The interventionist 19th century British Prime Minister Lord Palmerston famously said that "Nations have no permanent friends or allies, they only have permanent interests."
He was half right.
Jon Stewart's Rosewater -- coinciding as it does with the urgent need for America and Iran to mend relations on all levels -- reminded me of a wise old friend who clued me in years back: "The only constant is change."
Whether or not the movie makers set out to show us the larger context, they go far beyond Iranian authorities' abusive treatment of the British-Iranian reporter.
Starkly present in the movie is the vivid 60+ year backstory of American direct interventions, intrusions and manipulations in Iran. In 1953 the US Central Intelligence Agency orchestrated the coup that overthrew Iran's democratically elected Prime Minister. In the P.M.'s place, we installed Shah Reza Pahlavi, a puppet of Big Oil. Backed by the U.S. Government the Shah ruled as an absolute monarch until his overthrow in 1979, when the current government took control. Savak, the Shah's secret police, was the natural parent of Iran's current human rights abuses.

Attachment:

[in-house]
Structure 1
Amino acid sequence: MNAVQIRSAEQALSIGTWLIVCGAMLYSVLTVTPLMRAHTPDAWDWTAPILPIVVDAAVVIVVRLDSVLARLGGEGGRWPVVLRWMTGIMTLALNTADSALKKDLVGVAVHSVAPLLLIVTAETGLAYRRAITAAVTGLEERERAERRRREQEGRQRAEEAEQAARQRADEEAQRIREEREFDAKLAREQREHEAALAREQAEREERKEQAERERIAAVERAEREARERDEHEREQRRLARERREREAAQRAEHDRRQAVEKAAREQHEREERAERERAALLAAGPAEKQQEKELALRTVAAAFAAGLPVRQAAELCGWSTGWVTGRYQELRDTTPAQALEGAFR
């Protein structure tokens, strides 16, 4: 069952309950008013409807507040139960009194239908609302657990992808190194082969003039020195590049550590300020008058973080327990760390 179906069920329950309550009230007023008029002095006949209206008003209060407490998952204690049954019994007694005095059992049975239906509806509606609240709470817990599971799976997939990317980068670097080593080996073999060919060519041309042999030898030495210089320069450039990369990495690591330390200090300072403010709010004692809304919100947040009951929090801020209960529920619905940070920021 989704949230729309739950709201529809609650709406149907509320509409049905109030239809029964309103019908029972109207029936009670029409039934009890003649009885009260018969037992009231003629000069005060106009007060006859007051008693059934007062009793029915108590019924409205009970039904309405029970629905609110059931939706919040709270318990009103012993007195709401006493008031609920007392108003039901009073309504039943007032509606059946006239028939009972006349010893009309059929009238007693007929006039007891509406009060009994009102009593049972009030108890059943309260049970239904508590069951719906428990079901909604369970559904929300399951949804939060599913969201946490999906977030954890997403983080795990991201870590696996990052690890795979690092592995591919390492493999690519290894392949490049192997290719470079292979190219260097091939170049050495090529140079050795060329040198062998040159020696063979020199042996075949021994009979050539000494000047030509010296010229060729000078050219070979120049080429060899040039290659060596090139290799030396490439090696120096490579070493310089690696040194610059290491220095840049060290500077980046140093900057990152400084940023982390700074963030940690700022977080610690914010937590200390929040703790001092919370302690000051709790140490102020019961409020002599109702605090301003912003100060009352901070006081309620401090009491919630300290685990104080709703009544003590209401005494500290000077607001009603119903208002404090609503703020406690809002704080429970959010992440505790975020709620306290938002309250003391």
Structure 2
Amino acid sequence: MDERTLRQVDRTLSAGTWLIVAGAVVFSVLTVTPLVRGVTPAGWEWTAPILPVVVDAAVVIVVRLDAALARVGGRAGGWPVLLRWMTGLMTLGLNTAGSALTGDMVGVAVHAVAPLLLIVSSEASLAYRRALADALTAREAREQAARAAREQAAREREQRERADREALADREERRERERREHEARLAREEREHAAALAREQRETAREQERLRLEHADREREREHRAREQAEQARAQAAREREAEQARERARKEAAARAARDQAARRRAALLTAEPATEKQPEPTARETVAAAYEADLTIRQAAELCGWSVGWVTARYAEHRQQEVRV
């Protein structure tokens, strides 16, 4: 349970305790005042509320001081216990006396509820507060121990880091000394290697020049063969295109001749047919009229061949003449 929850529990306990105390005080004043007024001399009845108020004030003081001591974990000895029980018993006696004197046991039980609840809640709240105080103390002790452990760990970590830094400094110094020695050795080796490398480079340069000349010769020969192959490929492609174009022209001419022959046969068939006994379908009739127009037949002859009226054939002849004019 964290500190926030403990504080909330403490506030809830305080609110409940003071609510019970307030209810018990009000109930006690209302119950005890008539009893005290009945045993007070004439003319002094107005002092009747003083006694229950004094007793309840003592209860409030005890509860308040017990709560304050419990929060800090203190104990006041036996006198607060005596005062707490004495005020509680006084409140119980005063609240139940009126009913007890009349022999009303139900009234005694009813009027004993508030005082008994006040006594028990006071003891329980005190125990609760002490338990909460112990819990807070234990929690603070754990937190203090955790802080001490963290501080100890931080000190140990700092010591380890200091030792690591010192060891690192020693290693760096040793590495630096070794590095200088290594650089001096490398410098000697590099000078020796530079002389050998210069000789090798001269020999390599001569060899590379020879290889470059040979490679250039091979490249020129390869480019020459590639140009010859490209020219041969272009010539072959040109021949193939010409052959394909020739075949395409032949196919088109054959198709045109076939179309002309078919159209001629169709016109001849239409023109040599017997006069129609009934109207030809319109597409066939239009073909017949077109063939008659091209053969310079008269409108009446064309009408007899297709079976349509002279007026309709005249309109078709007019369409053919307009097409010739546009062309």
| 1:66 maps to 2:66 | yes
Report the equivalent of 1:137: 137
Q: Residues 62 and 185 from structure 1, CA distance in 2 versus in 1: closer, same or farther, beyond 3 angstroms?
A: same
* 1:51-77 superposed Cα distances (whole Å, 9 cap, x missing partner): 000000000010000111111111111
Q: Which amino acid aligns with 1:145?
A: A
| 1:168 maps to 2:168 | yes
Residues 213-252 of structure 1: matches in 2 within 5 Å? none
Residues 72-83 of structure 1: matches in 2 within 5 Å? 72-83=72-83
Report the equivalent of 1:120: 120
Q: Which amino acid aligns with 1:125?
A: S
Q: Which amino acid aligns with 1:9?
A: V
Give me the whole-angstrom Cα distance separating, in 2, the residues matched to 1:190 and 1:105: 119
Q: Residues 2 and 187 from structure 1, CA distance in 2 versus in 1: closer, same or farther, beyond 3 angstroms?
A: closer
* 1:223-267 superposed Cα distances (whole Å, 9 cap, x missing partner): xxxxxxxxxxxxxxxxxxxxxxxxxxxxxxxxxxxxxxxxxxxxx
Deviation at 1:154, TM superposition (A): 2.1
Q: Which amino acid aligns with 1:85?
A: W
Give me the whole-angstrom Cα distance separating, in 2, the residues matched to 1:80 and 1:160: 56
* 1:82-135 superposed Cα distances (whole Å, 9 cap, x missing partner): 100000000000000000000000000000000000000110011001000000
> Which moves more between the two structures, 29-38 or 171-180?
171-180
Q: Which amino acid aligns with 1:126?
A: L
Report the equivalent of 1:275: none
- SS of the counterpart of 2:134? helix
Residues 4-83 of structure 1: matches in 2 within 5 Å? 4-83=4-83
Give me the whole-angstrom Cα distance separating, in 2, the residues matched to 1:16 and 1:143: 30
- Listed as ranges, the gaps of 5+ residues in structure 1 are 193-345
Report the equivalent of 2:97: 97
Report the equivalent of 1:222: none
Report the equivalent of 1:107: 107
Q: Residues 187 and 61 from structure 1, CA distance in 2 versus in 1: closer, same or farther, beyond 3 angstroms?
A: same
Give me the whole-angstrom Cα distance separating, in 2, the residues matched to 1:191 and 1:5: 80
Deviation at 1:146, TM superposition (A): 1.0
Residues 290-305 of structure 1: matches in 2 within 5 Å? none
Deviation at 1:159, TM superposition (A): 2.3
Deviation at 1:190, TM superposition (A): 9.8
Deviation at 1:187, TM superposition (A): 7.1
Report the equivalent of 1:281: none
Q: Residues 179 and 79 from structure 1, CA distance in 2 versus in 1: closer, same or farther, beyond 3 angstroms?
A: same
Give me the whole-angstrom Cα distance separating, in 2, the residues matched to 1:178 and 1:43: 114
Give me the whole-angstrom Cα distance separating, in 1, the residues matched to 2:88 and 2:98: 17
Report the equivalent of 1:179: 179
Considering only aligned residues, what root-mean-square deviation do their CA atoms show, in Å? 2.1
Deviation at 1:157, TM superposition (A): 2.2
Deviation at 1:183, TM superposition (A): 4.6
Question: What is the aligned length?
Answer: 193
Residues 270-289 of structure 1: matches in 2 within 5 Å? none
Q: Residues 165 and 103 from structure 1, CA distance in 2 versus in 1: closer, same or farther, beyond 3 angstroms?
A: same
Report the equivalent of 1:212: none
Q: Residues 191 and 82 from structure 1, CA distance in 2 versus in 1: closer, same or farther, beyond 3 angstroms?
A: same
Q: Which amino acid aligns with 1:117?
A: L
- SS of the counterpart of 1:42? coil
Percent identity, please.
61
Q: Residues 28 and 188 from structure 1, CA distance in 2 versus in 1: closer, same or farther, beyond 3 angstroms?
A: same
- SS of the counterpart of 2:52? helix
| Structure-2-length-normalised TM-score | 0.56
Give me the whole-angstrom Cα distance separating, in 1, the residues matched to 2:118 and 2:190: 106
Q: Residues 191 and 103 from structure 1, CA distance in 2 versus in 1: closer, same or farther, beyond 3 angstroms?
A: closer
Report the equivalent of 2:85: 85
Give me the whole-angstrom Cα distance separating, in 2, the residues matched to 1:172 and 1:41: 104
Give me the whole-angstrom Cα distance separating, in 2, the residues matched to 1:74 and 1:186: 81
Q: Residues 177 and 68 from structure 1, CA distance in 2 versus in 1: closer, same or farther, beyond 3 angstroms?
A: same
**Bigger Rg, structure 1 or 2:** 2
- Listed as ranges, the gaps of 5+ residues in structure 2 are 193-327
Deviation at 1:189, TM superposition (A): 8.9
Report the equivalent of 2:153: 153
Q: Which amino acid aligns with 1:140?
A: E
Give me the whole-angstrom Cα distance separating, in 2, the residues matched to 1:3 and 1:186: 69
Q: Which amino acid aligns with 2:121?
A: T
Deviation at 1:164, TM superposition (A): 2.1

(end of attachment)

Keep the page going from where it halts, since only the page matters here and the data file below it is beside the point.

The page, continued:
Unlike Iran, Israel has been supported by America from day one at great economic and political expense to US. Israel's aggressive intervention in American political discourse (e.g., AIPAC and Netanyahu's recent speech to Congress) is as understandable as it is unwelcome. Ultimately it is destructive for all parties. Israel is so intent on being the sole nuclear power in the Middle East that as negotiations proceeded to reduce Iran's nuclear options, Israel spied on its principal benefactor -- America -- and turned what they found over to Congressional Republicans as fodder for reactionary propaganda.
Fortunately, diplomacy is at work as we continue to negotiate with Iran on the clearly vital issue of eliminating nuclear weapons from the Middle East rather than adding to Israel's stash. Arguably, America's interests are best served by initiating negotiations to remove Israel's actual nuclear weapons along with Iran's presumed efforts to obtain them.
Though too often misinformed and misguided, America's deep engagement in the Middle East may, just possibly, have a positive effect, or at least begin to remediate some of the damage we've caused. Our missteps are often consequent to improper influence by special interests, specifically oil and Israel. Oil and Israel have effectively controlled America's policy toward the Middle East (Jews, Arabs, Persians, Turks, Kurds, Christians, Yazidis, Samaritans et al, etc.) for more than half a century. Is that in America's best interests?
All people are created equal. All people are chosen. Everything changes, even nations' interests.
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